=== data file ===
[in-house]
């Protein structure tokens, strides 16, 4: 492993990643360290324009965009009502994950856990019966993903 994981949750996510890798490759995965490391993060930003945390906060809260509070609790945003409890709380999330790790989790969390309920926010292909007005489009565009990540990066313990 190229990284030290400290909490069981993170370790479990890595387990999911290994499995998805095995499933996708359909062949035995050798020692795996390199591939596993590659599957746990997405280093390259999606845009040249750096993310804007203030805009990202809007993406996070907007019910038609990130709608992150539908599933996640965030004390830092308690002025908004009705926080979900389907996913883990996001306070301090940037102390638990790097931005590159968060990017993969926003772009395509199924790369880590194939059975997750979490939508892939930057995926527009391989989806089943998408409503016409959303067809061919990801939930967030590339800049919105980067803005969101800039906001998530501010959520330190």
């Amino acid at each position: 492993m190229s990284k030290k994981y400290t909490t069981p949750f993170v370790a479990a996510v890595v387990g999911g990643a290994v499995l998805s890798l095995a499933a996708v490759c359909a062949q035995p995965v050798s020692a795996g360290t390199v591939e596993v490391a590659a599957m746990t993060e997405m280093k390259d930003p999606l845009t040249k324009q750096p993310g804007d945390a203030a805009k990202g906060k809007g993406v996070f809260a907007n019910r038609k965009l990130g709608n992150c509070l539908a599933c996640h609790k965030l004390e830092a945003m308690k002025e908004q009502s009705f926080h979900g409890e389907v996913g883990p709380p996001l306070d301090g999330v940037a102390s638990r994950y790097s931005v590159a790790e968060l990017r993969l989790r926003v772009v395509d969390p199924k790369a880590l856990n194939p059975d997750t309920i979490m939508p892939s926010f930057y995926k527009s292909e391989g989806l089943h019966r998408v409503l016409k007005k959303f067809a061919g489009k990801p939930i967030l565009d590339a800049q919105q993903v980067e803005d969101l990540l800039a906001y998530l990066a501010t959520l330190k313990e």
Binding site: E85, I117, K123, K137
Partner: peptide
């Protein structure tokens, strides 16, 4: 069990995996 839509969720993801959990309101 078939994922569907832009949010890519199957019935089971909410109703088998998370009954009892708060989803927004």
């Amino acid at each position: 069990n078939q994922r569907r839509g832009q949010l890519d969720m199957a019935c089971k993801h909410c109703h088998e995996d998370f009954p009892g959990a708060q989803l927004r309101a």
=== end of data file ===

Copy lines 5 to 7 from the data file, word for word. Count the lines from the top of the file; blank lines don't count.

Partner: peptide
């Protein structure tokens, strides 16, 4: 069990995996 839509969720993801959990309101 078939994922569907832009949010890519199957019935089971909410109703088998998370009954009892708060989803927004």
């Amino acid at each position: 069990n078939q994922r569907r839509g832009q949010l890519d969720m199957a019935c089971k993801h909410c109703h088998e995996d998370f009954p009892g959990a708060q989803l927004r309101a």